St. Lawrence University
Wyatt Adams, SLU '18

 

Vienna’s left-leaning culture of political activism is heavily informed by the city’s experience of fascism during the Second World War and by the rise of far-right nationalist groups in Austria and across Europe during the last thirty years. As a result, antifascism plays a significant role in many facets of politics in Vienna. Today, antifascist groups, also known as antifa, use a range of tactics to comment upon or take direct action against racists, Nazis, fascists, xenophobes, capitalists, and others. One of the most notable antifa tactics is the “demo,” or public demonstration, where it is common to witness large-scale marches or rallies that halt mass transit and automobile traffic in the center of the city.

Antifa groups have organized events such as an Eat the Rich demonstration in opposition to Vienna’s annual Opernball dance event where some of the world’s wealthiest individuals indulge in opulent amenities. Another recent event was the People’s Climate March in Vienna on April 29, 2017, in which an estimated 2,500 people marched concurrently with hundreds of thousands of others around the world to protest climate change and the factors that cause it. Other leftist groups offer forums like the Antifa Café, where antifascists meet to discuss issues such as civil rights, especially those related to patriarchy and discrimination. Austrian Marxists also organize an annual Anti-Capitalist Conference, which includes a series of speakers and demonstrations in response to capitalism and economic injustice.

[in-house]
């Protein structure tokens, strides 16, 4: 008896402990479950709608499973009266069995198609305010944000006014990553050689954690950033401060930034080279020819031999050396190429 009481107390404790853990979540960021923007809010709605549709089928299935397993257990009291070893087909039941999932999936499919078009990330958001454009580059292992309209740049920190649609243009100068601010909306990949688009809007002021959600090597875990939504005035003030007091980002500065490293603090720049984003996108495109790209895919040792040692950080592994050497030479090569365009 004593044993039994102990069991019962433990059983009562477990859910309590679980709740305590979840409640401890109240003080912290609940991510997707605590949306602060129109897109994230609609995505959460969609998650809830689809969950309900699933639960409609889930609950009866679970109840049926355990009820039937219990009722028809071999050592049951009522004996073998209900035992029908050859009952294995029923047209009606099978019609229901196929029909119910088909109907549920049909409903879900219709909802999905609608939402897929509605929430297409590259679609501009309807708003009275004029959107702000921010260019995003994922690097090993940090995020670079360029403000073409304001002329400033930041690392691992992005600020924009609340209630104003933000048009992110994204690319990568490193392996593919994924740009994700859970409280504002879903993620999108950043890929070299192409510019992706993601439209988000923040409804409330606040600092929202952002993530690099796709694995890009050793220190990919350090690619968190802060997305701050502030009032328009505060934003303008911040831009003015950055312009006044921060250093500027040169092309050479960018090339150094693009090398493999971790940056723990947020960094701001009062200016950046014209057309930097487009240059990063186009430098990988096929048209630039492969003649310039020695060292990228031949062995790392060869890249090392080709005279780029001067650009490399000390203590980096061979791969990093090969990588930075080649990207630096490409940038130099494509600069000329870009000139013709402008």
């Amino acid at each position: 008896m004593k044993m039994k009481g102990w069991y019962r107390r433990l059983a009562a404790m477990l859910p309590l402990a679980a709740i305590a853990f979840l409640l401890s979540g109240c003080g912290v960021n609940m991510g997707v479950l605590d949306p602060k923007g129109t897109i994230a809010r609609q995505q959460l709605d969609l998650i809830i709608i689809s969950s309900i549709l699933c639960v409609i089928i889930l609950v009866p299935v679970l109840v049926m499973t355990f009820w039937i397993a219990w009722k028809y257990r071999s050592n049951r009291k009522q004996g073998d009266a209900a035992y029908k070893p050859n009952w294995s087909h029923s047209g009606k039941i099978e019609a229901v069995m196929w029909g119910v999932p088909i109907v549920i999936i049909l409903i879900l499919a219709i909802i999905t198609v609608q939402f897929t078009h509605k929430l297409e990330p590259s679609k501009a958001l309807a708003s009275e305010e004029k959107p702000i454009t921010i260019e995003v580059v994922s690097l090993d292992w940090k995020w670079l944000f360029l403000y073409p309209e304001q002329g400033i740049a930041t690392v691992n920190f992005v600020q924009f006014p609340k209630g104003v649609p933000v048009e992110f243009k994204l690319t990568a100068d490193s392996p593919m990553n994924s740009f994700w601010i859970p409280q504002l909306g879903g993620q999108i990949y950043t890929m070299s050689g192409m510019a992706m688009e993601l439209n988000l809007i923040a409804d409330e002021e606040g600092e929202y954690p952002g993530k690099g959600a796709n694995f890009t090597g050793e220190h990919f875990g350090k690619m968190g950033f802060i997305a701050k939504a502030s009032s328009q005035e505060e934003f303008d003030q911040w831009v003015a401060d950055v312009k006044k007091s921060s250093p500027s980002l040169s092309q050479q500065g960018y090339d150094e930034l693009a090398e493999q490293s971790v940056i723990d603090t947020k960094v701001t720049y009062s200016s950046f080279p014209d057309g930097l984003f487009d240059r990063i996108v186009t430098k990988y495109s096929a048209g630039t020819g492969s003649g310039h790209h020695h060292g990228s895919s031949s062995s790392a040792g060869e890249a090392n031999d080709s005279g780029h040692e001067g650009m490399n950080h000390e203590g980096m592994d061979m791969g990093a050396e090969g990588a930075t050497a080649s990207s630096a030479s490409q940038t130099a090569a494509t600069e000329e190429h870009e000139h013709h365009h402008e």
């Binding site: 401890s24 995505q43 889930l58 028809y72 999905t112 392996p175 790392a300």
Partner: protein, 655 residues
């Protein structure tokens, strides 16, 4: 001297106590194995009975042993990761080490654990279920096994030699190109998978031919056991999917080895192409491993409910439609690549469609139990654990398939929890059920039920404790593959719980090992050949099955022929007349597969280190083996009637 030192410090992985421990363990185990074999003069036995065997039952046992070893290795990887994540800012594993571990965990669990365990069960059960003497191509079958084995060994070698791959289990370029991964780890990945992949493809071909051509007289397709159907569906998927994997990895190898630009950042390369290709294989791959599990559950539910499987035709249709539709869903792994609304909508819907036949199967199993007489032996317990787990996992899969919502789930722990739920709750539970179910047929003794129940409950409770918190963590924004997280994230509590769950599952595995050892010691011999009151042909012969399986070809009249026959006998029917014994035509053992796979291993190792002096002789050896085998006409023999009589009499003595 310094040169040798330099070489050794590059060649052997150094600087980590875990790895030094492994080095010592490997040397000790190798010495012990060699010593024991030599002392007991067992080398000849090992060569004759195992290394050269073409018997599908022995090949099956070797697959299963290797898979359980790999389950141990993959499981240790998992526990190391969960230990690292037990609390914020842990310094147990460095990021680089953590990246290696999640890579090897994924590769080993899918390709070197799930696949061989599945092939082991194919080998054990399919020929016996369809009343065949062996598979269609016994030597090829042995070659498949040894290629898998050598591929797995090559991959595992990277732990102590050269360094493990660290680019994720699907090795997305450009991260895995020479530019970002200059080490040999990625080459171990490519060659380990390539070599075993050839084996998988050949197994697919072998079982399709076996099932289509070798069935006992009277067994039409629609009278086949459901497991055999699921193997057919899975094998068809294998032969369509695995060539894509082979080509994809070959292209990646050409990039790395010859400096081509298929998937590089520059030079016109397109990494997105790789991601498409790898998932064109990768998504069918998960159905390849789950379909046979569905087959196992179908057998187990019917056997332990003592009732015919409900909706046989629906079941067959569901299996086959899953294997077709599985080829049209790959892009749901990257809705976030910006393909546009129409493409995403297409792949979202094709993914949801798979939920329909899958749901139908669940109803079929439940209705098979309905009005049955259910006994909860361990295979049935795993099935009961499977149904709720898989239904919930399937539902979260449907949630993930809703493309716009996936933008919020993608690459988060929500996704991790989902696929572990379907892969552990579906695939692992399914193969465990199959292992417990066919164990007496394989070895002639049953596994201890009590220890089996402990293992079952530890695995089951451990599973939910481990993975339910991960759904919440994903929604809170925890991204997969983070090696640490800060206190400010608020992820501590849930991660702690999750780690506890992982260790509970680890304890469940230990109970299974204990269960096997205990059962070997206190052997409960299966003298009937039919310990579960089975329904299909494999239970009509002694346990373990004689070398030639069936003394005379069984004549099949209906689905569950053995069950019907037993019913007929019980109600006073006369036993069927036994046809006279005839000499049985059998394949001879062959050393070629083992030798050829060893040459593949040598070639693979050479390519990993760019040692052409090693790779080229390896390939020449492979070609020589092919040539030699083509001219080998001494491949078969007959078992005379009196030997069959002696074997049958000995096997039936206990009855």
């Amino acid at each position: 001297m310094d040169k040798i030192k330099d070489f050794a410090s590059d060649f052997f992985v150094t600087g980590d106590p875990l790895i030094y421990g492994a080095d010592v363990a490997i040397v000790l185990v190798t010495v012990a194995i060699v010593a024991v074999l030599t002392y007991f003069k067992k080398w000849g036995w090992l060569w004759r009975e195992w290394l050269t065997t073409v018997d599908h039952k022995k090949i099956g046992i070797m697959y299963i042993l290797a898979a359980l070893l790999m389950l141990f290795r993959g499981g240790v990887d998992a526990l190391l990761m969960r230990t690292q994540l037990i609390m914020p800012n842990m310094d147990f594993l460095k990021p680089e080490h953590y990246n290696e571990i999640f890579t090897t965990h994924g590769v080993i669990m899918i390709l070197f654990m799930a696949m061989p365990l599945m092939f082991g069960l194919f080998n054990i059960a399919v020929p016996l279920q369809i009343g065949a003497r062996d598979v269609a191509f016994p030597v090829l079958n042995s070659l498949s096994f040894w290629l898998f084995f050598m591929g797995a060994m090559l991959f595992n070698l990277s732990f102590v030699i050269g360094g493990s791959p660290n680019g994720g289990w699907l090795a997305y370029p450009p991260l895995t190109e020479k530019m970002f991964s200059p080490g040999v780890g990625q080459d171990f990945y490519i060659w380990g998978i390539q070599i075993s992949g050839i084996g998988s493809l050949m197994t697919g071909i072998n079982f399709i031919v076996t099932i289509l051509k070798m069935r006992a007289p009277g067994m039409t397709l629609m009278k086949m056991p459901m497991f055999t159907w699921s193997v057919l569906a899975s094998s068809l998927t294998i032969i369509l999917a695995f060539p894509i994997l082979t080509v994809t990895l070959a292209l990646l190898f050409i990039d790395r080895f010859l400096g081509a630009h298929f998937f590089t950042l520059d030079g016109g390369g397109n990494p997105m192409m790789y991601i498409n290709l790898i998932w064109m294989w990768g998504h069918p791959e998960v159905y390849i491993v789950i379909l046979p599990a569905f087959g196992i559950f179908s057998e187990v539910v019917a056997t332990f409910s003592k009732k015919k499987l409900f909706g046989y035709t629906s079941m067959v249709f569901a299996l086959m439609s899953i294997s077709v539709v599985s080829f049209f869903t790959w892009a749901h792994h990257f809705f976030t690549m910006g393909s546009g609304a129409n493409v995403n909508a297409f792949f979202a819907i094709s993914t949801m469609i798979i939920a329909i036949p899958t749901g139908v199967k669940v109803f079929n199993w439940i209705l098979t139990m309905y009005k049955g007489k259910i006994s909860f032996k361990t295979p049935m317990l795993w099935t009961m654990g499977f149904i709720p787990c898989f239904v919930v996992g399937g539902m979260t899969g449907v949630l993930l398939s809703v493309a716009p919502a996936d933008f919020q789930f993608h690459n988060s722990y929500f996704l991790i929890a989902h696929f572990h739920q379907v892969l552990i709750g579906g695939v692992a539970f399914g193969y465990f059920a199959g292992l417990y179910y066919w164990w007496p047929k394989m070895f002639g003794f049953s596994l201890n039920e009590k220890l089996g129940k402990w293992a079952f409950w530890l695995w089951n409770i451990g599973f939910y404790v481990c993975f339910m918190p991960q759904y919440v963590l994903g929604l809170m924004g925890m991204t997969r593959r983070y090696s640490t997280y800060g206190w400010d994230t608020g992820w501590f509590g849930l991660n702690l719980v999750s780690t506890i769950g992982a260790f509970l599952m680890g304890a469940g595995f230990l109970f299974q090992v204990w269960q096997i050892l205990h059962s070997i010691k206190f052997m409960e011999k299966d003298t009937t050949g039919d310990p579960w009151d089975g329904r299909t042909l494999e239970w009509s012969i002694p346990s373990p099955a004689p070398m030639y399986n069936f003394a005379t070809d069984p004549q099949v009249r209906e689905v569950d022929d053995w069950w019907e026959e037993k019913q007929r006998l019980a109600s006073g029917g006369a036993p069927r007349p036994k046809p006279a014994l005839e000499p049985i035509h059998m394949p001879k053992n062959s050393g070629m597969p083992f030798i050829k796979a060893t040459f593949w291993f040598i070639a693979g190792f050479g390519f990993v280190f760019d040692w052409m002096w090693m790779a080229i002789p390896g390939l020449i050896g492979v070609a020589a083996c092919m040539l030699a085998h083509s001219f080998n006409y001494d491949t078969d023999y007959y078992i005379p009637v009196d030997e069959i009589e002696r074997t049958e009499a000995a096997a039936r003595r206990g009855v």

One of the main rivals of the radical left in Austria, especially since the 1990s, has been the far-right Freiheitliche Partei Österreichs (Freedom Party of Austria), or FPÖ. Its candidate Norbert Hoffer garnered enough support to run for President in 2016, but he ultimately lost the race to the independent candidate Alexander Van der Bellen. Opposition to the FPÖ has increased since the party gained prominence in the Austrian government through a coalition agreement, and Austria became “the only western country in Europe with a far-right presence in government,” according to The Guardian (18 December 2017).

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